[easyreview title=”The Sheer Ecstasy of Being a Lunatic Farmer, By Joel Salatin” cat1title=”Books” cat1detail=”An excellent resource for those looking for helpful practical and philosophical information on ecological, sustainable farming.” cat1rating=”5″]
I’ve been reading quite a few of Joel Salatin’s books of late, and this is just the latest. If you are unfamiliar with the author, his family runs Polyface Farms, in Swoope, Virginia – a pasture based, land-healing, ecological farm that provides nutrient-dense foods to the local community. Perhaps he’s sounding more familiar to you – have you read The Omnivore’s Dilemma by Michael Pollan? Mr. Salatin was heavily featured in that book, as well as the documentary, Food Inc. He’s made a successful family enterprise out of their farm over the decades, and has done it all while shirking “conventional” farming practices in favor of self-proclaimed “lunatic” ideas.
This is his most recent book, published in 2010, and since he’s been writing books since 1993 (starting with Pastured Poultry Profit$) there do seem to be some stories that are common to each book, which might make some feel put off that they are paying to read those stories again. However, this book, like any of his that I’ve read thus far, has original content as the meat of the book – those examples he cites only reinforce the ideas and principles conveyed. Lunatic Farmer provides not only good philosophical advice, but also, quite a bit of practical information that we will be implementing here on our farm. I think the combination of the two is essential – and so does Mr. Salatin, as he points out how we’ve become a culture of technicians, only asking “how” instead of first asking “why?” Unless we recognize the importance of why we should be using portable structures for our animals and rotating them on pasture, how we might go about accomplishing that is pretty irrelevant.
Learning more about the practices of “lunatic farming,” you discover that not only does farming not have to deplete the land or create a filthy, smelly nuisance in the neighborhood – in fact, ecological, sustainable practices actually heal the land, and do not create offensive odors. This is in sharp contrast to the industrial farming practices seen on feedlots and in massive farming operations.
Mr. Salatin covers not just the aspects of production on an ecological farm, but the entire business model: processing, accounting, marketing, distribution, and customers. While this book cannot be regarded as a complete reference on each of those subjects, it is certainly a great launch point – it will get you started on your way, and there is plenty of further reading (including more books by the same author) that will help you further in the journey. The author points out the importance of avoiding just selling raw materials in a wholesale market – this is the downfall of farmers, and why so many have reached the conclusion, “thar ain’t no money in it.” Instead, using the whole business model he outlines, he demonstrates how farms, such as his own, have enjoyed great success using direct marketing to customers. In fact, Mr. Salatin advocates for the idea of “white-collar farmers” – well-educated folks raising food, and enjoy a profit and a white-collar salary for doing so. Our food supply is an integral part of our lives – why should we believe that those raising our food should be “dumb rednecks” or the like? It runs counter to insuring food quality and safety. There needs to be ecstasy in being a farmer, so that more young people will choose it as a viable career path, and we can continue to have high-quality, nutrient-dense foods that are produced on farms where all living things are respected: animals, people, the land, and the things that grow on and in it.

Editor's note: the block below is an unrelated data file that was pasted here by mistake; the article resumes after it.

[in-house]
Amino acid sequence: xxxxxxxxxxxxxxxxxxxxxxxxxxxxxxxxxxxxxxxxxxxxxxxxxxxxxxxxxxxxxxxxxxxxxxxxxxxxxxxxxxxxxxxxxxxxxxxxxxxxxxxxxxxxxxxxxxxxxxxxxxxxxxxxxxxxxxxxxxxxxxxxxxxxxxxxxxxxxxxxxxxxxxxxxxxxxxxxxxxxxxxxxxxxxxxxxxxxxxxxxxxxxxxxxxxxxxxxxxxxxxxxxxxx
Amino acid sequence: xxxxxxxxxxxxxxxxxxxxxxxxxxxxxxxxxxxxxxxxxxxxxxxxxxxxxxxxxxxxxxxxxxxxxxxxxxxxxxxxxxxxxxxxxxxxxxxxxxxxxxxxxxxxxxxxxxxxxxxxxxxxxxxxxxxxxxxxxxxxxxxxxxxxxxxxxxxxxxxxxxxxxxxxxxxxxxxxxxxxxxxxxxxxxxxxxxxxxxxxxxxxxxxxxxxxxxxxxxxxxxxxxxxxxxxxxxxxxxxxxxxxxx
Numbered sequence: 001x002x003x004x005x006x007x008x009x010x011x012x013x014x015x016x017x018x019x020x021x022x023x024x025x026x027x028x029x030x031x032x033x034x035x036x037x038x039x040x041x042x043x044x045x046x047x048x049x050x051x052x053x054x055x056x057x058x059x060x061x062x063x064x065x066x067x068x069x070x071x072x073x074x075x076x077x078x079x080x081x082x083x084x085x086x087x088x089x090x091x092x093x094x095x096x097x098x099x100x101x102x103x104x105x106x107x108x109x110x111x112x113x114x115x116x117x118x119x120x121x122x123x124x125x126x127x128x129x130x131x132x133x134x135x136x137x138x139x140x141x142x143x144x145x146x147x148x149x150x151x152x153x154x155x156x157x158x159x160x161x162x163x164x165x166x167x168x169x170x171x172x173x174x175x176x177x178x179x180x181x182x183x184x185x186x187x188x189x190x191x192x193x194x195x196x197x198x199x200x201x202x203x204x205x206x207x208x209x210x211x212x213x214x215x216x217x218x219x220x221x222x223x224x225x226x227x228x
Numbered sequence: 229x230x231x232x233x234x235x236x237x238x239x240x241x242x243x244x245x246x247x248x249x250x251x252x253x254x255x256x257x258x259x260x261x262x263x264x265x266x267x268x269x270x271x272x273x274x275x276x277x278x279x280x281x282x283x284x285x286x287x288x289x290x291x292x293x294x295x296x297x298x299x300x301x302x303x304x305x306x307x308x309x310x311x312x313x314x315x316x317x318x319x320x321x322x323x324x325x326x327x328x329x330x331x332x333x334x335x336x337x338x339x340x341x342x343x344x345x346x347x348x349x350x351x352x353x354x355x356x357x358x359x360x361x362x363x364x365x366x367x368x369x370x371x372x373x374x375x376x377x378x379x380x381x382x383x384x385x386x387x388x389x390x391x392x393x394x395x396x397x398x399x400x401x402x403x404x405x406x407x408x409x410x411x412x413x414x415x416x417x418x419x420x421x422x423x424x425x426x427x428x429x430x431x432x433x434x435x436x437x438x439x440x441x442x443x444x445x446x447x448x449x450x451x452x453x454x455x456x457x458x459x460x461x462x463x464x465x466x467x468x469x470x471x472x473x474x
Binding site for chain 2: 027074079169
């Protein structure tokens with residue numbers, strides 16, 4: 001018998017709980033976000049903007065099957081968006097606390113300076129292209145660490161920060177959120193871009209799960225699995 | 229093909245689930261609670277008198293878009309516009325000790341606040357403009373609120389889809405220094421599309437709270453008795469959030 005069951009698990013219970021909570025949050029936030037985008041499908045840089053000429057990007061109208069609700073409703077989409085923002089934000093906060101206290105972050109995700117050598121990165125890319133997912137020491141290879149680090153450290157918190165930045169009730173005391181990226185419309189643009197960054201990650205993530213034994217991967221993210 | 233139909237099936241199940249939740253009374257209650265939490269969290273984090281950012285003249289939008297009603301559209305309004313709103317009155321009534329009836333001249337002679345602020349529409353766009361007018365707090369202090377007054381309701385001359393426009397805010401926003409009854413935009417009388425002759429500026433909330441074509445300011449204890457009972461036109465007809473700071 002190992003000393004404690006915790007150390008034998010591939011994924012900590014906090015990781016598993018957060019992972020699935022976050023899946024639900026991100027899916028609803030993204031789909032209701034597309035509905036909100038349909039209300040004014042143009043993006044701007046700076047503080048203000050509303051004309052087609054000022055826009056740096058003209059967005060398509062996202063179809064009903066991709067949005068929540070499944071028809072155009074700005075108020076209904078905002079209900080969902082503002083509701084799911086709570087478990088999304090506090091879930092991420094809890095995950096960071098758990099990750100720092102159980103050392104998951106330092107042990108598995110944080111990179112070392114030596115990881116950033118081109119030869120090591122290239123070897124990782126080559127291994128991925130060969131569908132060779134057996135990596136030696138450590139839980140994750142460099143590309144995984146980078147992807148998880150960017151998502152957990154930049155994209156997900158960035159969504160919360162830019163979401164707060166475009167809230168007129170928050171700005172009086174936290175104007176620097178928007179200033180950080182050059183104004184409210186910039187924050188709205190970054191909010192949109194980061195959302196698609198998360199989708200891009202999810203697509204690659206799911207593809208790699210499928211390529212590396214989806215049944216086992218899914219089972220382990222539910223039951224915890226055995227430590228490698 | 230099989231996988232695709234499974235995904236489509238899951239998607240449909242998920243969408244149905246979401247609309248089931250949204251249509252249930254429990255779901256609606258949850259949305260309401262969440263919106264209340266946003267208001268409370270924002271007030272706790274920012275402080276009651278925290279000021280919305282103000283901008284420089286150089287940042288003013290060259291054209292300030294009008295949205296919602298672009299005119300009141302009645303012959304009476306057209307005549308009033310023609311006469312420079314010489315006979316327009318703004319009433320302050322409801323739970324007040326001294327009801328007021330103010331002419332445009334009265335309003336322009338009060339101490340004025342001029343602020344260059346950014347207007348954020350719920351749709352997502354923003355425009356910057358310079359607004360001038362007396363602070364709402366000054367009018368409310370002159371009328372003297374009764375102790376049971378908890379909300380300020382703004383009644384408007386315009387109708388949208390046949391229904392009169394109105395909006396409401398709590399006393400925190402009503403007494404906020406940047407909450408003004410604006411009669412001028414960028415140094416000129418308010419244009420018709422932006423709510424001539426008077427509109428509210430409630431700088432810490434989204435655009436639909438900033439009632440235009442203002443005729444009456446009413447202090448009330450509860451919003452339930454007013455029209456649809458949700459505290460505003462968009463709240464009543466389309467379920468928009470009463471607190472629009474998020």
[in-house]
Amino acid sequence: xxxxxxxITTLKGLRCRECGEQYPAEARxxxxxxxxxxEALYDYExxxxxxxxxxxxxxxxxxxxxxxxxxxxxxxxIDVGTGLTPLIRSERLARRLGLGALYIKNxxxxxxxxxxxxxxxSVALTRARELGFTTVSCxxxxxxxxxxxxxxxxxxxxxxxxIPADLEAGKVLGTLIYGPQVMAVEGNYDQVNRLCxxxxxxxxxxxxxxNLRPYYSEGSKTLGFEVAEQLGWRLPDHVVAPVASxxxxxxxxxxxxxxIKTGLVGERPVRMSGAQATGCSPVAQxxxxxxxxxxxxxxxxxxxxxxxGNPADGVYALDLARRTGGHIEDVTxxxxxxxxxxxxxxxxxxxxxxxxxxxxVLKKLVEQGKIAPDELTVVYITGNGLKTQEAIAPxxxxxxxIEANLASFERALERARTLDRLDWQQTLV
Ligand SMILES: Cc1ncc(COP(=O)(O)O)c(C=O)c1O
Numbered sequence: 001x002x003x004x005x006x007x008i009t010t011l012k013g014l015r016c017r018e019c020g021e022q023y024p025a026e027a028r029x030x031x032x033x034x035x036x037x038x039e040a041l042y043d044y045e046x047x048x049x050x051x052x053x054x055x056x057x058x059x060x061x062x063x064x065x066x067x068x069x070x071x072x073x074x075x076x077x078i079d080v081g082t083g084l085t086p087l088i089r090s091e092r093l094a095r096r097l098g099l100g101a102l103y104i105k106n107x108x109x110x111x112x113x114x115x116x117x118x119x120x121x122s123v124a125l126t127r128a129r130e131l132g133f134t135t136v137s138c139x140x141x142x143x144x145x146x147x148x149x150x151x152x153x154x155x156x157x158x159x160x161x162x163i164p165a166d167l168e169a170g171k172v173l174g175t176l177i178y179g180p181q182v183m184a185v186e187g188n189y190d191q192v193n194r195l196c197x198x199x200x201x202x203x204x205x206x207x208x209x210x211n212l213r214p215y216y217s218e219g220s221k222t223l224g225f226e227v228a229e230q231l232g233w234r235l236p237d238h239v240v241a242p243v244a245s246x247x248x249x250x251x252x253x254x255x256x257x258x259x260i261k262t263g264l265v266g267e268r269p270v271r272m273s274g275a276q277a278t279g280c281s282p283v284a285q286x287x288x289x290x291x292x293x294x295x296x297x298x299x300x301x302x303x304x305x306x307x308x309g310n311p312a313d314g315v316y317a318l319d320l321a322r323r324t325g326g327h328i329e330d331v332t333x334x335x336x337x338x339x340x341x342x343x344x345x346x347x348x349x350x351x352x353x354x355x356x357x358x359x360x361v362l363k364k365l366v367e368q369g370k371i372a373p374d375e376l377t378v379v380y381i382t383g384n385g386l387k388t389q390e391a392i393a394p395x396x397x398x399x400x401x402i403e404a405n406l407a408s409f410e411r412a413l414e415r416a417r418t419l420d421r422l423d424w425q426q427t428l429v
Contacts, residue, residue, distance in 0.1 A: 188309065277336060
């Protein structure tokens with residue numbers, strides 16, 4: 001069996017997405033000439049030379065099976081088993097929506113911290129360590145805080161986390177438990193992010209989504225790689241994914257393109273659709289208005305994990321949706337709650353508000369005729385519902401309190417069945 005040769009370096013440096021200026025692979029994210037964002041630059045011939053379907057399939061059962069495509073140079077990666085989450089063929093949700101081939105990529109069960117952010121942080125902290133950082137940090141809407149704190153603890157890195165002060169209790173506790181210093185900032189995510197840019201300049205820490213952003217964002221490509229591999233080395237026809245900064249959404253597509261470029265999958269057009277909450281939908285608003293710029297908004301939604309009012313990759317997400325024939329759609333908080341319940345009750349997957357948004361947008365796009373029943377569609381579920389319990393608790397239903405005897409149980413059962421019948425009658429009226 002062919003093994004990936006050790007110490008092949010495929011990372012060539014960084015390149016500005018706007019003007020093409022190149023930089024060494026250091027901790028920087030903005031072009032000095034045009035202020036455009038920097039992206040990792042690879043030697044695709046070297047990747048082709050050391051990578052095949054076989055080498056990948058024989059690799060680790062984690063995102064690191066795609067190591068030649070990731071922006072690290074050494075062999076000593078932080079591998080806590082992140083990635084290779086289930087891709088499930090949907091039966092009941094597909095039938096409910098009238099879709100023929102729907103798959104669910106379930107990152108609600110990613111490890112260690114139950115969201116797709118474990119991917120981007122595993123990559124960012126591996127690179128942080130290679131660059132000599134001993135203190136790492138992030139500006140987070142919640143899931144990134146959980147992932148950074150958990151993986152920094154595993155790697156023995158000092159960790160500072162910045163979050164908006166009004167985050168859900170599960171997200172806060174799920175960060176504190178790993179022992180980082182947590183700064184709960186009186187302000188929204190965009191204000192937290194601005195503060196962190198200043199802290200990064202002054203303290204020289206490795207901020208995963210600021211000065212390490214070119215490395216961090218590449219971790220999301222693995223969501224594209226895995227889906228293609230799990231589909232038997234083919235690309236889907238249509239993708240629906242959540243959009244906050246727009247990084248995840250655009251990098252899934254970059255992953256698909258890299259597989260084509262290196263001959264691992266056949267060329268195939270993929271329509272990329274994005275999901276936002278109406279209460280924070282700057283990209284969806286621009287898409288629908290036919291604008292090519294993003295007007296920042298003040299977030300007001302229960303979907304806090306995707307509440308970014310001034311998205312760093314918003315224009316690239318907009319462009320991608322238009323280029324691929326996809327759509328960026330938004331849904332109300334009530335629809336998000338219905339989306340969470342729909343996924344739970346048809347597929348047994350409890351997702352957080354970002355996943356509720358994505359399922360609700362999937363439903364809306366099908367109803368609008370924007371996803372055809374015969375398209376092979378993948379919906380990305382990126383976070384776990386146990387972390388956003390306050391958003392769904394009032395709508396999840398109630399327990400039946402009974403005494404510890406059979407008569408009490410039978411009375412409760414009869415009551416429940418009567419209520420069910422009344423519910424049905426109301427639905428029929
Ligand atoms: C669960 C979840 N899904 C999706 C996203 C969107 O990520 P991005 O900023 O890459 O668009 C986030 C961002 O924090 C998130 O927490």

I’d really recommend this book to anyone who is looking for inspiration in running an ecologically-based farm operation. We are in the process of implementing some of the ideas from this and Mr. Salatin’s other books on our own farm here, as we’ve realized the wisdom of not only the “why” but “how” he and his family have structured their farm. I have no qualms about admitting that Mr. Salatin has become a personal hero of mine, and as such, my admiration of him is reflected in my review of his book(s). However, I should note that this review is strictly provided as a personal recommendation, and I have not been compensated or otherwise influenced for my writing here.
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